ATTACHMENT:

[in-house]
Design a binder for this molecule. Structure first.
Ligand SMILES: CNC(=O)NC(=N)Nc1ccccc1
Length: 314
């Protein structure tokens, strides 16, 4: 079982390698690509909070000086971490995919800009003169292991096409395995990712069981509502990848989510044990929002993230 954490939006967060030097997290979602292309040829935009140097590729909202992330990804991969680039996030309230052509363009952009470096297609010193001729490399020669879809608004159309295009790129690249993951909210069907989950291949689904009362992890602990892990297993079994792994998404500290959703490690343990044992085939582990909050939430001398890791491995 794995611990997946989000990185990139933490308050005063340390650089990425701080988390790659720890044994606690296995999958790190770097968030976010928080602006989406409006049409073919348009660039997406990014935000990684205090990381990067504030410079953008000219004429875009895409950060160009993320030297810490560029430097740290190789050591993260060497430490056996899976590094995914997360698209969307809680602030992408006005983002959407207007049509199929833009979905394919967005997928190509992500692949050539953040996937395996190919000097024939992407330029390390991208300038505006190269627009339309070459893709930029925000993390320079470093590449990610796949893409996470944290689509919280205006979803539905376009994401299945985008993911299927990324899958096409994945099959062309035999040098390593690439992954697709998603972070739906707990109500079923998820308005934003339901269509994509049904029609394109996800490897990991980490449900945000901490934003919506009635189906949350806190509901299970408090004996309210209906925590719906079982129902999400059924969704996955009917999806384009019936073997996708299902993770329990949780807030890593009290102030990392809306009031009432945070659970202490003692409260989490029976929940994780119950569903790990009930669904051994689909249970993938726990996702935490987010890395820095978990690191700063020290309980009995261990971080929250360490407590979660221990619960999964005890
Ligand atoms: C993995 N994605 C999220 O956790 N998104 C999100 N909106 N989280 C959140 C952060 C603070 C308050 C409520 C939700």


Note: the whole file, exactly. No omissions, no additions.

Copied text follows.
[in-house]
Design a binder for this molecule. Structure first.
Ligand SMILES: CNC(=O)NC(=N)Nc1ccccc1
Length: 314
């Protein structure tokens, strides 16, 4: 079982390698690509909070000086971490995919800009003169292991096409395995990712069981509502990848989510044990929002993230 954490939006967060030097997290979602292309040829935009140097590729909202992330990804991969680039996030309230052509363009952009470096297609010193001729490399020669879809608004159309295009790129690249993951909210069907989950291949689904009362992890602990892990297993079994792994998404500290959703490690343990044992085939582990909050939430001398890791491995 794995611990997946989000990185990139933490308050005063340390650089990425701080988390790659720890044994606690296995999958790190770097968030976010928080602006989406409006049409073919348009660039997406990014935000990684205090990381990067504030410079953008000219004429875009895409950060160009993320030297810490560029430097740290190789050591993260060497430490056996899976590094995914997360698209969307809680602030992408006005983002959407207007049509199929833009979905394919967005997928190509992500692949050539953040996937395996190919000097024939992407330029390390991208300038505006190269627009339309070459893709930029925000993390320079470093590449990610796949893409996470944290689509919280205006979803539905376009994401299945985008993911299927990324899958096409994945099959062309035999040098390593690439992954697709998603972070739906707990109500079923998820308005934003339901269509994509049904029609394109996800490897990991980490449900945000901490934003919506009635189906949350806190509901299970408090004996309210209906925590719906079982129902999400059924969704996955009917999806384009019936073997996708299902993770329990949780807030890593009290102030990392809306009031009432945070659970202490003692409260989490029976929940994780119950569903790990009930669904051994689909249970993938726990996702935490987010890395820095978990690191700063020290309980009995261990971080929250360490407590979660221990619960999964005890
Ligand atoms: C993995 N994605 C999220 O956790 N998104 C999100 N909106 N989280 C959140 C952060 C603070 C308050 C409520 C939700």